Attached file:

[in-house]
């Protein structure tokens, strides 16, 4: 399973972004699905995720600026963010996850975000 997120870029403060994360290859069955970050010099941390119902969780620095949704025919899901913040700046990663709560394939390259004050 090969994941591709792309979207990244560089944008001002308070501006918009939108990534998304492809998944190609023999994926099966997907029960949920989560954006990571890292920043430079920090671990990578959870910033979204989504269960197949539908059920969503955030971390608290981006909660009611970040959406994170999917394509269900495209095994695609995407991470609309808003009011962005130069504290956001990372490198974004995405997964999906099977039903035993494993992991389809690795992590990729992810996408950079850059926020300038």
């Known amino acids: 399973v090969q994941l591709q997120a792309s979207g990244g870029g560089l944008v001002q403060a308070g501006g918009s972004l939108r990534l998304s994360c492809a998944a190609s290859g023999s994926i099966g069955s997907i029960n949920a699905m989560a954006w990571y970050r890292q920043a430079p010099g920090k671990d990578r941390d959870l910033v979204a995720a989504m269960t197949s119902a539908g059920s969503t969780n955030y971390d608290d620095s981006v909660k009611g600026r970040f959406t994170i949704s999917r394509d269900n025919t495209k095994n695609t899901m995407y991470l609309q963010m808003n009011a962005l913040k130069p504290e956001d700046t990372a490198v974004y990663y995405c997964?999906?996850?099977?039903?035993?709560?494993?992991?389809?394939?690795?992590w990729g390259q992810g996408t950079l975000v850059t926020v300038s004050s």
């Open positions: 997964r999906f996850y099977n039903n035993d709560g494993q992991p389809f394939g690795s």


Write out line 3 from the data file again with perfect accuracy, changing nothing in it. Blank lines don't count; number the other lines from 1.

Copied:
């Known amino acids: 399973v090969q994941l591709q997120a792309s979207g990244g870029g560089l944008v001002q403060a308070g501006g918009s972004l939108r990534l998304s994360c492809a998944a190609s290859g023999s994926i099966g069955s997907i029960n949920a699905m989560a954006w990571y970050r890292q920043a430079p010099g920090k671990d990578r941390d959870l910033v979204a995720a989504m269960t197949s119902a539908g059920s969503t969780n955030y971390d608290d620095s981006v909660k009611g600026r970040f959406t994170i949704s999917r394509d269900n025919t495209k095994n695609t899901m995407y991470l609309q963010m808003n009011a962005l913040k130069p504290e956001d700046t990372a490198v974004y990663y995405c997964?999906?996850?099977?039903?035993?709560?494993?992991?389809?394939?690795?992590w990729g390259q992810g996408t950079l975000v850059t926020v300038s004050s």